Thermal-Imaging Systems

Your Seacocks Specialists Discuss How to Use Marine Thermal Cameras to Your Advantage

Raritan Engineering your seacocks distributors would like to share with you these topics we thought would be of interest to you this month regarding the benefits of marine thermal cameras.

Your seacocks manufacturers talk about marine thermal-imaging systems such as those from FLIR and Iris enhance navigational safety at night by enabling boaters to see obstructions such as lobster-pot buoys, floating debris and other unlit, low-lying objects that might not show on radar.

This technology can also help you find fish. With thermal imaging, for example, you can see weed lines and kelp paddies on the ocean at night, says Lou Rota, vice president of worldwide sales for FLIR Maritime. Such floating vegetation, which attracts offshore fish, possesses minute heat differences that thermal imaging can detect.

Thermal cameras can also see fish at night. “We’ve had a lot of people saying that they’ve hooked tuna after finding breaking fish before daylight by using a thermal-imaging camera,” says Rota. “Many anglers also tell us that they can spot schools of bait fish dimpling the surface in the dark.

Black Hot shows warmer objects in darker shades versus the traditional White Hot thermal image, which turns warmer objects a lighter shade.

Ever notice how things often change temperature before they fail? Cold things get hot, hot things get cold? So it figures that an infrared, or thermal, camera would be a great tool for preventive maintenance. 

Finding a Thermal Detective

Many surveyors have added thermal detecting to their services, but do your due diligence before hiring one. Not all are qualified—some have the camera, but not the experience and expertise to interpret the images accurately. 

Check us out at Raritan Engineering, where we have all the seacocks for all your sanitation needs.

Finally, a professional thermographer will have better equipment than you or I will buy, unless we want to get silly with money. It can record 20 minutes of radiometric data at 30 frames per second (essentially thermal videos) that Allinson can then analyze frame-by-frame; many thermal cameras record, but don’t allow analysis later. It’s a lot more camera than most of us need.

Be Your Own Thermal Detective

Hiring a thermal detective for a one-time scan only tells you what’s what at the time, but problems can appear unexpectedly on a boat. So the best way, I think, to use thermography in a scheduled maintenance program is to invest in a thermal camera (you don’t have to spend 40 grand), acquire the know-how to use it skillfully, and make it a step in your maintenance program.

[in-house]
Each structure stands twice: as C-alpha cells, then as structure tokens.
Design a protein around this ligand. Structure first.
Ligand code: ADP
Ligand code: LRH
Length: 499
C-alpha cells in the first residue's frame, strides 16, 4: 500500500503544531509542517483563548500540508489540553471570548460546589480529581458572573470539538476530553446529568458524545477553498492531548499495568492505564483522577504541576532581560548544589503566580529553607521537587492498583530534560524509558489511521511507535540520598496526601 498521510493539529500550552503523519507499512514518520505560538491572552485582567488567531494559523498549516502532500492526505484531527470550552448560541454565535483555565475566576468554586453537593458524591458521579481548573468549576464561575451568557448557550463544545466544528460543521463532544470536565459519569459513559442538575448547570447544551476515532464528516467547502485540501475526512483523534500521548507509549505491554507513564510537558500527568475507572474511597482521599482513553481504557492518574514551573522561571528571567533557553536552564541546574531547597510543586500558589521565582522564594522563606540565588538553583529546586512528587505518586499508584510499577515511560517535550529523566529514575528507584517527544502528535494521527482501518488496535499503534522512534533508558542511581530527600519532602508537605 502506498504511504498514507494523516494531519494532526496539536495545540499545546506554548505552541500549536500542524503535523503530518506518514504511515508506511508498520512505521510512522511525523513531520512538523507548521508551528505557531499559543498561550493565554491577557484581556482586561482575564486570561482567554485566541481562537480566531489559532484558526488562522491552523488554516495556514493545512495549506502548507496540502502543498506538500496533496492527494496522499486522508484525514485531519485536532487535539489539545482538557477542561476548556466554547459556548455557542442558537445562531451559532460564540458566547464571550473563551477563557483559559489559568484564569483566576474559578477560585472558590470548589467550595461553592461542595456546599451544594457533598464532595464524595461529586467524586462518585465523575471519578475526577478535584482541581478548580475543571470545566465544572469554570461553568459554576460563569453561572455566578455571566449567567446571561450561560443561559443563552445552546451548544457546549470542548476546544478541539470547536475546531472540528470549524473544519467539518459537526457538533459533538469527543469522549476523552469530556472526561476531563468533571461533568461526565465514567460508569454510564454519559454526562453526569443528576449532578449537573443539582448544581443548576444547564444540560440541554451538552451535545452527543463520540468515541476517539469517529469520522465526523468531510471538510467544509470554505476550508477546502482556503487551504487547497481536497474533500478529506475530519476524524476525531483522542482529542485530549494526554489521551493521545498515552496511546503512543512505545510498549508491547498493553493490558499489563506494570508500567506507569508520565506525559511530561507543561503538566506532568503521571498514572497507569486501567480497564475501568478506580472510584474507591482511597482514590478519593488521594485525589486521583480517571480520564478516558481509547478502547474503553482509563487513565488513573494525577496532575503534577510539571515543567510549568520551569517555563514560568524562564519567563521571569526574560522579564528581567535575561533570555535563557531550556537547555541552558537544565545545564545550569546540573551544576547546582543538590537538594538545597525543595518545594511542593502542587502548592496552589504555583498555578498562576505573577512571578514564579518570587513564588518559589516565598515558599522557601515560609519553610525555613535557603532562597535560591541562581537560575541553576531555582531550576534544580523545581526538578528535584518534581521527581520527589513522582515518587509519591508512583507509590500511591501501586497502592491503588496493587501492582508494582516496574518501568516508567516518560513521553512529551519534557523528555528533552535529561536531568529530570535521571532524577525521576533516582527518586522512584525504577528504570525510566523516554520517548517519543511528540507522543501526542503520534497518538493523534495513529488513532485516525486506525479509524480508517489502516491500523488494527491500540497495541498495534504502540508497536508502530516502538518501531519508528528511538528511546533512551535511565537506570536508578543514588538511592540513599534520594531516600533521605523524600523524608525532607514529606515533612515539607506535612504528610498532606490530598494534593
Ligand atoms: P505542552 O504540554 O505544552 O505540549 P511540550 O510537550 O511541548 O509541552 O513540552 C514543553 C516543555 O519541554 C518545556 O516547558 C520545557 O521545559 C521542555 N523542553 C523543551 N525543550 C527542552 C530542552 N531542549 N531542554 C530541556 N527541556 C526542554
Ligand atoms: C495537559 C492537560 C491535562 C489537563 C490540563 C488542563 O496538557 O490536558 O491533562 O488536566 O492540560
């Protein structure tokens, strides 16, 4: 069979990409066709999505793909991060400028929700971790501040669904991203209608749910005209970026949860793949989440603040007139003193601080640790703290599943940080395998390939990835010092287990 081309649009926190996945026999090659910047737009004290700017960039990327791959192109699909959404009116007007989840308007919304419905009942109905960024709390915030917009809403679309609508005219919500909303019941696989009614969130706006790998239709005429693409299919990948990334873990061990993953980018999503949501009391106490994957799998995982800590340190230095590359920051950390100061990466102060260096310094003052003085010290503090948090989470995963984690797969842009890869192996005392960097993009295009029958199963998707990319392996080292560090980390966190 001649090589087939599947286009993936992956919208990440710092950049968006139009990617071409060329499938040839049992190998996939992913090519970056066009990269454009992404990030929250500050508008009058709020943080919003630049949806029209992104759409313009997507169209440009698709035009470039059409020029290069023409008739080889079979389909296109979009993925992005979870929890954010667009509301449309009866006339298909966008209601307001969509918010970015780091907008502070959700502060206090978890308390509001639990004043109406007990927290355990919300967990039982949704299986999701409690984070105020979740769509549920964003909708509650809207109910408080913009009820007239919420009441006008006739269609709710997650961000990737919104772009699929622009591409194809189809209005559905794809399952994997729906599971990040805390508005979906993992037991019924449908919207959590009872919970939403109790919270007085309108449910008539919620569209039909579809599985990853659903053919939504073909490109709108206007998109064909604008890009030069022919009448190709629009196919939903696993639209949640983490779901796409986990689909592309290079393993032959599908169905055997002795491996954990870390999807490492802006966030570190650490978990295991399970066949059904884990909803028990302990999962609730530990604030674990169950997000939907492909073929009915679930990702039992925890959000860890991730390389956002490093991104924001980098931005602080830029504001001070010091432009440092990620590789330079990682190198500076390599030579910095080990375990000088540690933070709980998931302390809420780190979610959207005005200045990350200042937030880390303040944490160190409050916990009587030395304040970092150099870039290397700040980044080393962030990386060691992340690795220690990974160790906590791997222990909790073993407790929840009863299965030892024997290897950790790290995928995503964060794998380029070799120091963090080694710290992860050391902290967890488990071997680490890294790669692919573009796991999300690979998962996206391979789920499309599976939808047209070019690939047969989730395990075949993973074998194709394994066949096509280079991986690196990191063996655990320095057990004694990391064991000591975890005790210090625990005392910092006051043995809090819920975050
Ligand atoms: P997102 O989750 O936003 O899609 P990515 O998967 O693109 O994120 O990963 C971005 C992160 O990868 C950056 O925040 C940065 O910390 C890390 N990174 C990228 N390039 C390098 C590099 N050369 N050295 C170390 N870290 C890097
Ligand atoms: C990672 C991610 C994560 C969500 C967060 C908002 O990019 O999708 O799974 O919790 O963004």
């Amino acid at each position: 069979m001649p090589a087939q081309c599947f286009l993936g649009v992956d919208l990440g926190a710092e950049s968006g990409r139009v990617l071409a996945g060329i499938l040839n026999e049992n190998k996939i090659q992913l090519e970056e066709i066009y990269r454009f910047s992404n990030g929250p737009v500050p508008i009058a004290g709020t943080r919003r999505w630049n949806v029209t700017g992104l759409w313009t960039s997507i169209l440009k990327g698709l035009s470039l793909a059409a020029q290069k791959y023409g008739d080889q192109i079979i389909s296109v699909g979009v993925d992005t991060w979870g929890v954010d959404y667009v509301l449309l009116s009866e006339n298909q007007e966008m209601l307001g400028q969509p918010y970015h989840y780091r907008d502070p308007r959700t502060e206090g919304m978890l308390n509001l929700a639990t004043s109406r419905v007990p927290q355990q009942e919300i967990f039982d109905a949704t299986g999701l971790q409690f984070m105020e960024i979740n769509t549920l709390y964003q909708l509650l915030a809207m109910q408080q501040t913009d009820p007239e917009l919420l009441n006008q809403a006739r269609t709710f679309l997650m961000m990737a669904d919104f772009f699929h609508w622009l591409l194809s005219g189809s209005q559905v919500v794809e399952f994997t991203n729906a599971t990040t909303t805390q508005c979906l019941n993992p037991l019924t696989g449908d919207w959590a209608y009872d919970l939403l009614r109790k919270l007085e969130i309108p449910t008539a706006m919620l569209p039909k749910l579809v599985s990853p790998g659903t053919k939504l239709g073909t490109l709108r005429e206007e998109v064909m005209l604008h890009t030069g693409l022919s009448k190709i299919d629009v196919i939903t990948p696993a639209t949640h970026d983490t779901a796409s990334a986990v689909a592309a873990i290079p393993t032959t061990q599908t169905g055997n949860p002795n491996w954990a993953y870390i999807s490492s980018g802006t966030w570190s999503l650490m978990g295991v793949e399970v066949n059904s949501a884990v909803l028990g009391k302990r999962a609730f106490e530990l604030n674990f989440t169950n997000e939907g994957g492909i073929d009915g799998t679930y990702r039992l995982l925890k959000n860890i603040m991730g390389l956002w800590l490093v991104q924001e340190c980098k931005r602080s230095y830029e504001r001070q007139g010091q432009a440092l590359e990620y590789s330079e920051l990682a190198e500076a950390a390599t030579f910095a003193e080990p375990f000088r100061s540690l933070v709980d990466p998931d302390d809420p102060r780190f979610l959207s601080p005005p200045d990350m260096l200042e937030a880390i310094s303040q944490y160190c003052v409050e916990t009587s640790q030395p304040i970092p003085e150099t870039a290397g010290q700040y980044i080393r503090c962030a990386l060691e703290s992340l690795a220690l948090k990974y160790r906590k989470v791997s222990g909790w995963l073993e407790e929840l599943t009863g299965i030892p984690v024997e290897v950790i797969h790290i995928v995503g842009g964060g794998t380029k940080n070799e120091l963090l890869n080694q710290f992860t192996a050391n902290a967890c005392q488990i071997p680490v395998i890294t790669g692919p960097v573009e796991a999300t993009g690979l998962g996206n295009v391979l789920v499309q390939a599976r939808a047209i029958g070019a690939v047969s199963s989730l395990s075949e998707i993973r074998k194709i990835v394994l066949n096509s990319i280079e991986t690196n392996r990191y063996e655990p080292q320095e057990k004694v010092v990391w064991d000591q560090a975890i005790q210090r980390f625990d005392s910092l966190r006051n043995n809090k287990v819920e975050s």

Thermography Training

You’ve bought a thermal camera, and now you have to figure out how to use it. There are many paths to enlightenment, and they all start with Googling “thermography training.” 

Certification training, however, isn’t free: A four-day Level I Certification course, taught in a classroom, costs $1,995. (Level II and III courses all cost the same; each builds on the previous level.) I think certification is a necessity if you’re planning on making money with your thermal camera. 

 But if you just want to maintain your own boat, maybe you should save your money. Amazon.com has a raft of thermography books, from expensive textbooks to nearly free e-books. Before dropping two grand, plus travel expenses, for classroom training, maybe just try a little reading.

Go Thermal Full-Time

Based on the Lepton micro-thermal camera, the AX8 system connects one or more cameras with a laptop or  multifunction display running the operating system and offers full-time thermal monitoring. 

It uses MSX technology to create detailed images. The boat owner can draw regions of interest on an image, add spot meters to watch them closely, and set too-hot and too-cold alarms. 

Cox says the AX8 system is easy to connect. “If you can plug in a cable, you can do it,” he maintains. The system is wired with Ethernet cables; each camera has an I.P. address, so you connect to it like you do any other network device over an Ethernet. It works very much like a video surveillance system.

Playful Orcas Caught Chasing A Boat From Underwater Camera

orca following a boat

Have you ever thought about what it would be like to be chased by a pod of orcas? Well, wonder no more.  A man was boating off the coast of Norway and ran into a pod of orcas, something I am sure that most of us would love to see.  I would be happy to see these amazing creatures from the water’s surface.

The orcas seem to be curious about the boat that is motoring away on the surface and continue to follow it for long enough for us to enjoy their beauty.  The members of the pod swim in a slightly different ways, but they all head in the same general direction.

And it looks like they are enjoying chasing the boat; almost as much as we enjoy this unique video.

Choose your Raritan marine products here and see how we always take care of your marine sanitation supply needs.

via The Basics of Thermal-Imaging Cameras

via The Benefits of Using Infrared Sensors on Your Boat

via Playful Orcas Caught Chasing A Boat From Underwater Camera

Frank Lanier

Your Thru Hull Fittings Suppliers Discuss How to Prepare Your Marina Bound Boat for the Next Tropical Storm